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Dedicating time to plant a perennial flower garden after buying your new home is like getting a gift that keeps on giving. Each spring when the blooms come back and your once drab yard turns into a display of nature's fireworks, you'll get to sit back and enjoy the view with minimal upkeep and costs.

So, how do you start a perennial garden — a garden that you plant once and reap the benefits from for years to come — and what are the annual upkeep tasks to sustain it?

Step #1: Figure Out Your Signature Landscape Needs

Each area of the country experiences different climates, moisture levels, and soil structures. And each yard within those areas experience different amounts of sun. Before you buy perennial plants, grab an index card and do a little digging to find out your yard's signature needs:

  • Sun Profile: How much sun and shade does your plot of land get? Common characterizations are full sun, full shade, or part sun.
  • Soil Architecture: Grab a soil test kit and find out if your soil is acidic (below pH value of 7), alkaline (above pH value of 7), or neutral (pH value of 7). Next, find the primary make up of your soil (clay, silt, sand, chalk, peat, and loam) — you can use a DIY soil test to help you.
  • Plant Hardiness Zone: Use this map to find your plant hardiness zone.

Once you have this information filled out, bring the index card with you as you shop your local garden center (or online) for perennial plants.

Step #2: Choose Cost Effective Plants that Work in Your Plot

Perennial plants are, by definition, cost-effective because they are going to come back year after year. However, you can be even more cost-effective by making the right choices.

  • Make sure that all plants will thrive in the conditions of your signature landscape.
  • Choose plants that are known to grow into lush, full-sized plants in just a few seasons. This is an easy way to fill out your perennial flower garden on a budget.
  • Shop your local garden center's clearance section for perennial plants. Great deals can be found when you're willing to give the plant a little of your time and energy before planting it in the ground.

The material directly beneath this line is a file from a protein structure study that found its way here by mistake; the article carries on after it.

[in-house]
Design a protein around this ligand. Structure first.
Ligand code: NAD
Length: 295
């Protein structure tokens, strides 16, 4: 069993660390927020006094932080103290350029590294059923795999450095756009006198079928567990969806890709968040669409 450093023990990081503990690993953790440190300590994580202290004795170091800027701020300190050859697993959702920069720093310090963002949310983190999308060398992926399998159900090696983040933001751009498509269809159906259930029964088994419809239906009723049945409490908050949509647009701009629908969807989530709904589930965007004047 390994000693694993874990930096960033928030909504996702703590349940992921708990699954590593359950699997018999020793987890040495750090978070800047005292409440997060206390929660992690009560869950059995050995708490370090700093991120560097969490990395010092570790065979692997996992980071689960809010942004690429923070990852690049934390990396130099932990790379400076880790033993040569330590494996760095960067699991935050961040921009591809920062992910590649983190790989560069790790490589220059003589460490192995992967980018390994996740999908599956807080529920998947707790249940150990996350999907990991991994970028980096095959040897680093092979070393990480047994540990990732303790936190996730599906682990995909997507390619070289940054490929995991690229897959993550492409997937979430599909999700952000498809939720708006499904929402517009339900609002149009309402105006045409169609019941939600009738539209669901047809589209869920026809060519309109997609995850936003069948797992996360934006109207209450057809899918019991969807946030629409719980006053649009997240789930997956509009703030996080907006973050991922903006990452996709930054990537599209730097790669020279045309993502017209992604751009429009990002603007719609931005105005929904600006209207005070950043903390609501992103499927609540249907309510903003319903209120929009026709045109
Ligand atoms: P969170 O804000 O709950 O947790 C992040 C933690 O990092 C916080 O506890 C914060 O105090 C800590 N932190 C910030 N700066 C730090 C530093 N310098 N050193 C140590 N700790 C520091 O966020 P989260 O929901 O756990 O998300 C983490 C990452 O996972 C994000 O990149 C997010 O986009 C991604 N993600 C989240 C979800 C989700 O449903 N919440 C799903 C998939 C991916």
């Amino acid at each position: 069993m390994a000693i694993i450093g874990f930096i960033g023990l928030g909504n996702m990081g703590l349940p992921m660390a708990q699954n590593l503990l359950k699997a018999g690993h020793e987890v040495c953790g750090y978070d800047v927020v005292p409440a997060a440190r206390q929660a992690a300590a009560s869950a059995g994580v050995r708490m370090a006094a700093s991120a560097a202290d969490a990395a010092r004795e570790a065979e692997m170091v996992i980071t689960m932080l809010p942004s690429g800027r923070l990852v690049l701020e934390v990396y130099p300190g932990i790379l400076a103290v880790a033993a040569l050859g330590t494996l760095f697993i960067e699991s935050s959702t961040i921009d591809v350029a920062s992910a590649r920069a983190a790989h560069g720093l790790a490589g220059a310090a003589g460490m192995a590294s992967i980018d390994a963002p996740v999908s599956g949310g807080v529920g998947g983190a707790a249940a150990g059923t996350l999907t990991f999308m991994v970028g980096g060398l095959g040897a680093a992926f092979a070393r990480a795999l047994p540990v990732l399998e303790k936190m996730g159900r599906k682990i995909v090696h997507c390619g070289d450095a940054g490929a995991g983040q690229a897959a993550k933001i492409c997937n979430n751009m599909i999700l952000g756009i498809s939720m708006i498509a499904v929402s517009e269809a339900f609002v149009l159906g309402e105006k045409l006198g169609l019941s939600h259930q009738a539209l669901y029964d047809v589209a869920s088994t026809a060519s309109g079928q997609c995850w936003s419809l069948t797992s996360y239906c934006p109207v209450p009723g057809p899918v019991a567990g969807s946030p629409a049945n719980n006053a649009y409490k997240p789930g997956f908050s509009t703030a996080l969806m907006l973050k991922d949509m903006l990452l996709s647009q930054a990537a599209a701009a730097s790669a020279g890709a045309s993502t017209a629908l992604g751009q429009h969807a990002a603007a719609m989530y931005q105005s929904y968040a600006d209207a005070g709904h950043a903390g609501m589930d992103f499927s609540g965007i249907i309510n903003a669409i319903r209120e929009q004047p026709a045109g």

• Plant seeds and bulbs instead of buying fully grown flowers.

Step #3: Plant at the Optimal Time

Your next step is to plant perennial plants at the optimal time for your particular plant zone.

According to Better Homes & Gardens, you'll want to plant perennials either in early spring, or eight weeks before your first frost comes in the fall. Here's when to expect your first frost.

Step #4: Include Annual Upkeep Tasks in Your Home Maintenance Plan

You're taking the time to plant a beautiful perennial flower garden, so you want to make sure it will come back year after year in all of its glory. In order to help it along, there are a few annual upkeep tasks you should add to your overall home maintenance plan:

  • Deadhead Your Plants: You want to take off the dead blooms from your perennial flowers to keep the overall health of the plant at optimal levels.
  • Divide Plants Every So Often: To ward off overcrowding, you'll want to divide perennial plants every few seasons and plant them elsewhere.
  • Water as Needed: Pay attention to the different watering needs of each of your perennial plants, and water accordingly.
  • Fertilize: In early spring, you'll want to spread fertilizer meant for perennials.

Taking the time now to build yourself a perennial flower garden means you will get to enjoy the colors at minimal upkeep costs for years to come.

This information and recommendations contained herein is compiled from sources deemed reliable, but is not represented to be accurate or complete. In providing this information, neither KeyBank nor its affiliates are acting as your agent or is offering any tax, accounting, or legal advice.

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